Geospatial data and statistics integration is the technical practice of consolidating data from the above described disparate sources into a consolidated dataset in order to providing users with consistent access and delivery of data across a wider spectrum of matters [3].Only in the last decade the practice of incorporating digitalized data using geo information systems(GIS) has been generalized and acquired especial relevance at National Statistical Offices (NSOs) and NSS all around the world. Given the growing enabling impact of information technologies for official organizations, GIS are increasingly being integrated to all decision-making process. Advances in data interoperability protocols and standards have greatly supported this endeavor also. Other substantial drivers of this change include the sophistication in data management processing techniques, the generalized digitalization of data in general, the massive use of Global Positioning Systems (GPS) in handheld devices and also the decreasing costs of satellite images.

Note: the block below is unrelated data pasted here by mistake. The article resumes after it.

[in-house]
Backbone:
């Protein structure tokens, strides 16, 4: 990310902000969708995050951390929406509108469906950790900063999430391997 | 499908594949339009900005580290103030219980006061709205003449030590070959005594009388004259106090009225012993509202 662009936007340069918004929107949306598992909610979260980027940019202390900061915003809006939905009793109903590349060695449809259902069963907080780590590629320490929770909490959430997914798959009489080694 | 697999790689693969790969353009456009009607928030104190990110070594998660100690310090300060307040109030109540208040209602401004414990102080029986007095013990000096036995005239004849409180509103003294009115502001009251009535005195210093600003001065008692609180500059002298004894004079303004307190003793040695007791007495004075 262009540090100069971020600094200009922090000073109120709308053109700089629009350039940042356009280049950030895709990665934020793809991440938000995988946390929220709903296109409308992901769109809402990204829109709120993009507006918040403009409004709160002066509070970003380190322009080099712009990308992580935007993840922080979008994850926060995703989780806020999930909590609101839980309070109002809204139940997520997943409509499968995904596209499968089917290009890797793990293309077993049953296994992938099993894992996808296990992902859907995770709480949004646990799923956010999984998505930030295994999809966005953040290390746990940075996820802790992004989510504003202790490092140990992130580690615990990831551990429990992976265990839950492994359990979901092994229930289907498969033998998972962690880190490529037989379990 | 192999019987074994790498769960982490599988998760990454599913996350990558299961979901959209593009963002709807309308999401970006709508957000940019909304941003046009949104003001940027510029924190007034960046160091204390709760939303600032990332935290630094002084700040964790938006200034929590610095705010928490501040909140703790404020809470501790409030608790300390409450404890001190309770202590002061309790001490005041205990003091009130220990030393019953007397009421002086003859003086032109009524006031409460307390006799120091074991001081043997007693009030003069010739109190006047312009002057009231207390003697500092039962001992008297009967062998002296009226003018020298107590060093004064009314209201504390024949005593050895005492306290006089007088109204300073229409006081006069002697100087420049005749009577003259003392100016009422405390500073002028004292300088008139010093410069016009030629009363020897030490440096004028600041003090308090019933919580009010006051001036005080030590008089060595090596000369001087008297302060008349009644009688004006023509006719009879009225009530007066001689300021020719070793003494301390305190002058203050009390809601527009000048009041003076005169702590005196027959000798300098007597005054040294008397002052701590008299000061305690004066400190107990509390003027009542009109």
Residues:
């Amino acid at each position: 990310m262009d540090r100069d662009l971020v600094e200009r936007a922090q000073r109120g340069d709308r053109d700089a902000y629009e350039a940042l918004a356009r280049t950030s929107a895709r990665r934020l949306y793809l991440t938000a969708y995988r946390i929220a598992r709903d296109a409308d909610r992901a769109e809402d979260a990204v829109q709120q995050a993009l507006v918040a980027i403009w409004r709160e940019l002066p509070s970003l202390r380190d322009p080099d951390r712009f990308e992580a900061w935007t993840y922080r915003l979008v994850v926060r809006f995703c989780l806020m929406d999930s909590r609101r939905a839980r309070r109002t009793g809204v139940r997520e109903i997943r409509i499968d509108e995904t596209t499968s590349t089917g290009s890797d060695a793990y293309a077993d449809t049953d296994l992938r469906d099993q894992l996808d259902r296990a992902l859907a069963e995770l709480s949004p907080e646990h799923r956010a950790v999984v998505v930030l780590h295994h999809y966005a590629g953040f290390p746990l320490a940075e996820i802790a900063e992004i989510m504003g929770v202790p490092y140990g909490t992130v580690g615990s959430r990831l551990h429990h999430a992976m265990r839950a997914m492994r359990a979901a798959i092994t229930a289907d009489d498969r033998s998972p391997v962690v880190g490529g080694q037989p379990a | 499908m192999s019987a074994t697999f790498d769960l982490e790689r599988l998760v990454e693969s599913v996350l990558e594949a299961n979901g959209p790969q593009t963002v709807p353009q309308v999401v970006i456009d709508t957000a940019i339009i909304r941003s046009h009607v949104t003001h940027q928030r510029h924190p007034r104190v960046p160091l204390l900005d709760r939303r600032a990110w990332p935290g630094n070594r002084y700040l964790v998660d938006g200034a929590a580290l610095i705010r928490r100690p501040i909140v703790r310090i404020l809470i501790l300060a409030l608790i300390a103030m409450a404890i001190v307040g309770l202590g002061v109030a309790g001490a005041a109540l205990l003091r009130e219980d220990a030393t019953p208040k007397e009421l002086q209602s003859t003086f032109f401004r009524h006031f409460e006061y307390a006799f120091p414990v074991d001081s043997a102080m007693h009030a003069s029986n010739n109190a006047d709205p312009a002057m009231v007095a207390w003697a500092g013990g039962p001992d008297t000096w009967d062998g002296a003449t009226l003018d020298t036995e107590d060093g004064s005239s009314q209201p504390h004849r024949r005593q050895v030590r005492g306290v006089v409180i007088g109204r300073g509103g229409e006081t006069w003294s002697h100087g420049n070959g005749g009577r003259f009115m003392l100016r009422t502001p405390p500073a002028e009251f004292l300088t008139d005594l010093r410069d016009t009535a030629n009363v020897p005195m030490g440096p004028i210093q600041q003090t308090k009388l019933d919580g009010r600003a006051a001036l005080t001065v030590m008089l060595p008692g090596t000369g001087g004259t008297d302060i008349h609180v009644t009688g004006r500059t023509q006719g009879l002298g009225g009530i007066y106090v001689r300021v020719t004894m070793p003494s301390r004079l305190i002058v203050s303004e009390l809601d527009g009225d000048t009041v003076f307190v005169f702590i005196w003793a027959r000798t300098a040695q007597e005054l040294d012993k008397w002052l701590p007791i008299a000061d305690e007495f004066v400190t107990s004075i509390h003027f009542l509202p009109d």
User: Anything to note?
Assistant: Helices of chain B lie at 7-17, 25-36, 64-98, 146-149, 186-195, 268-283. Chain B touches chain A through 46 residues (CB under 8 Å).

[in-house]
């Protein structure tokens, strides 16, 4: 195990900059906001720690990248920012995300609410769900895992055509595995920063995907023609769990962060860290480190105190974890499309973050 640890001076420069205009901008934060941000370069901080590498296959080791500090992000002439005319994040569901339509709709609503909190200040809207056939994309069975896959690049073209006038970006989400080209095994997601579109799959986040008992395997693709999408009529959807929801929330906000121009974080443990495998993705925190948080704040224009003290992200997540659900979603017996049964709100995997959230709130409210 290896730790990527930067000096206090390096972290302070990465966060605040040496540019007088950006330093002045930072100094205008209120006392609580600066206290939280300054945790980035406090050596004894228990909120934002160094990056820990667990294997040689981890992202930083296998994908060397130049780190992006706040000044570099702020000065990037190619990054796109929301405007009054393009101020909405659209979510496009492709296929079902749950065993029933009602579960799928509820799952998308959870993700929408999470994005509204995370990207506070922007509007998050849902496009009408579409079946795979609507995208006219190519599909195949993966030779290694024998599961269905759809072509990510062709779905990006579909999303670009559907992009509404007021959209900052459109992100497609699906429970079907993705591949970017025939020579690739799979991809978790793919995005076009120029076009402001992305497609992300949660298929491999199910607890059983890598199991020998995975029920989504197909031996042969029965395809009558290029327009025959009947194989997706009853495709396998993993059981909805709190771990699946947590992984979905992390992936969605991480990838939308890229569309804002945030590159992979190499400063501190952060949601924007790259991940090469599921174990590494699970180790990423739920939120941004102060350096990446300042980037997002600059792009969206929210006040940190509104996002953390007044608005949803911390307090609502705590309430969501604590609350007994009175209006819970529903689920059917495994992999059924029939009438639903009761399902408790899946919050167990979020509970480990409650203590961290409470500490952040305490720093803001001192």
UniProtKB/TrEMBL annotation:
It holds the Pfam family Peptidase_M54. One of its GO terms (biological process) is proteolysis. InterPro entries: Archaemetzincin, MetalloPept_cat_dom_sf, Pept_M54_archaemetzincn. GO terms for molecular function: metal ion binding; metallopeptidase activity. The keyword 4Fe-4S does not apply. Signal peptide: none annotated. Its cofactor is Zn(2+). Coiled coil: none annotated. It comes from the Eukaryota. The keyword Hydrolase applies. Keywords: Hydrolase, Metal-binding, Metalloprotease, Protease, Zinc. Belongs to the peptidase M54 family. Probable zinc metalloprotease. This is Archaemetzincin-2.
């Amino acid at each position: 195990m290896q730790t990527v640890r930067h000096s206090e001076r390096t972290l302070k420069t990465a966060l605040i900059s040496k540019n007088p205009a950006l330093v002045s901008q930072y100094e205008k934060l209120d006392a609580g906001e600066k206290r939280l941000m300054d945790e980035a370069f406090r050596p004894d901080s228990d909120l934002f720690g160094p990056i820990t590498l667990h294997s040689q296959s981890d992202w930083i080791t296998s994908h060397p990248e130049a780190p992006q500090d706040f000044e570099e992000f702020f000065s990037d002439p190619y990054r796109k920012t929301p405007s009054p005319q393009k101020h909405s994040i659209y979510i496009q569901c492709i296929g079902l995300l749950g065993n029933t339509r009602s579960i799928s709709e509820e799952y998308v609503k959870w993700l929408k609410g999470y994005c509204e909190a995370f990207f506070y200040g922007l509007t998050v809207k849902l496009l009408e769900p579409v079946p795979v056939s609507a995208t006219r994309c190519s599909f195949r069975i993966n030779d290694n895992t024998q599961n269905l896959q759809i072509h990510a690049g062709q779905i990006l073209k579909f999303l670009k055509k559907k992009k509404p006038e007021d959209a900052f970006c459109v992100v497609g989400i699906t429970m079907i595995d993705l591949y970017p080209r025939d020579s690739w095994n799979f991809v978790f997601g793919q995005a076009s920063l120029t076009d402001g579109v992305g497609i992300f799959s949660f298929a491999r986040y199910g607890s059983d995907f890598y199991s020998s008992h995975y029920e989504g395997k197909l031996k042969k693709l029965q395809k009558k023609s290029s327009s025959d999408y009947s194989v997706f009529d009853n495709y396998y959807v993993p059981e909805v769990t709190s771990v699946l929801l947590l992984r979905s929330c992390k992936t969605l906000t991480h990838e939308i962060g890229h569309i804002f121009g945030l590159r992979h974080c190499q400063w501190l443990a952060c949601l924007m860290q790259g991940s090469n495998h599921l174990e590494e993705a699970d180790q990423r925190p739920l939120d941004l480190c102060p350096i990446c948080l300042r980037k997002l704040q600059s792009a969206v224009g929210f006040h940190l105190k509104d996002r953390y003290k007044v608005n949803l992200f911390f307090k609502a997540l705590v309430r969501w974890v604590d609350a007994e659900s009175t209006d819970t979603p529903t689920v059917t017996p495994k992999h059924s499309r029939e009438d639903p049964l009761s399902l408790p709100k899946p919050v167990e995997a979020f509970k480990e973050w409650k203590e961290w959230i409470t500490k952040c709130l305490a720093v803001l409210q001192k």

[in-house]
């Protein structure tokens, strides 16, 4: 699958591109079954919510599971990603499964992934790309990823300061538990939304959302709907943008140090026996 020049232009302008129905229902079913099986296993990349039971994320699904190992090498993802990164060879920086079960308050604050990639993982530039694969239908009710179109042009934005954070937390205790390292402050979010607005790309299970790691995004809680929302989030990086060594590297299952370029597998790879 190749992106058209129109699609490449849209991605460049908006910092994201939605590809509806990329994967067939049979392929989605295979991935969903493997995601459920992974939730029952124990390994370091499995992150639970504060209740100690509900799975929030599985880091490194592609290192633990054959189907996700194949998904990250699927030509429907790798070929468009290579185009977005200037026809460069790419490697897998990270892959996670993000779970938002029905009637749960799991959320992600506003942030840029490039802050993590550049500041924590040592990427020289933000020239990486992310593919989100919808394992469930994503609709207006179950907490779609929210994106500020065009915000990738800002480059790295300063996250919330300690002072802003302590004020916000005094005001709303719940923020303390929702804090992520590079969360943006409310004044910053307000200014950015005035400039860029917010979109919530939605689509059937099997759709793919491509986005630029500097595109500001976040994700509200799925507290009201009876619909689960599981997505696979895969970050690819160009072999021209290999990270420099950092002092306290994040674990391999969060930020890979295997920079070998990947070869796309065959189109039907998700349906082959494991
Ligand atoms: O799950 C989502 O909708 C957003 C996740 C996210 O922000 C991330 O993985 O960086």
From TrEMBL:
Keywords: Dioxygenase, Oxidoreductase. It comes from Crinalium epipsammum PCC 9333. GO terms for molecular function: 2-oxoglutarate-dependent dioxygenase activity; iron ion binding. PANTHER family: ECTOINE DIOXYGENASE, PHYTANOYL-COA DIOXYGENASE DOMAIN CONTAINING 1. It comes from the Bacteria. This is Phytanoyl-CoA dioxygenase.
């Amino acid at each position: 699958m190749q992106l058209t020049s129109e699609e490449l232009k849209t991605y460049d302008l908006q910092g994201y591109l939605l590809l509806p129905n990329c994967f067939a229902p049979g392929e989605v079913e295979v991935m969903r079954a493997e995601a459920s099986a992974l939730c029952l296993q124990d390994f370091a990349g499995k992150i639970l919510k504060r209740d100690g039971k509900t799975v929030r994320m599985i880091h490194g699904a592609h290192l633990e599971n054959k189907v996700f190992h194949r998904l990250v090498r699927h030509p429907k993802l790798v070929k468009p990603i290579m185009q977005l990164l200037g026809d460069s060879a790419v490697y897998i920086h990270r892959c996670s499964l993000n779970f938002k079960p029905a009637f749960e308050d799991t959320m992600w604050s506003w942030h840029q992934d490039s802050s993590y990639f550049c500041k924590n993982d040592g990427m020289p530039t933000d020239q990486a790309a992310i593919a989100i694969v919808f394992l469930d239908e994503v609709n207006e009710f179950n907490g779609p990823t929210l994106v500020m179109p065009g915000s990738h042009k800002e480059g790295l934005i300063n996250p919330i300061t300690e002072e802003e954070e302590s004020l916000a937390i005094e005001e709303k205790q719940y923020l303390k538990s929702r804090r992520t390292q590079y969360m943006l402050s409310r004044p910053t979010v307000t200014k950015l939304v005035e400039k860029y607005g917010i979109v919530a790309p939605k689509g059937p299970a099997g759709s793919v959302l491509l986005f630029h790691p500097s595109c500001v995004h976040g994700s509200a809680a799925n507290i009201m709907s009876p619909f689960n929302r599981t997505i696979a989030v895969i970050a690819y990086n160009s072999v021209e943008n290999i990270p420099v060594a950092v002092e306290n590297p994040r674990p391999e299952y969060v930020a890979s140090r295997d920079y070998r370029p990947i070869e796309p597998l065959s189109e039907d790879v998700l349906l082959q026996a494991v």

The 2030 Agenda for Sustainable Development specifically recommends NSOs to pursue the integration of diverse data sources and support the measuring and monitoring of the targets and global indicator framework for the Sustainable Development Goals (SDGs) while they prepare, implement and disseminate the results of the 2020 Round of Population and Housing Censuses. Figure   maps all possible indicators that could be generated integrating statistics with geospatial data according to each goal of the SDGs.

This special topic also relates to the data challenges involved in the data revolution   endeavour and fuels the need to consider data ecosystems beyond the functioning national statistical system in order to narrowing gaps in statistical development. In most cases of least developed and low income countries (LMICs), the production of geo enabled statistics will require technical and organisational efforts toward modernizing the national statistical system.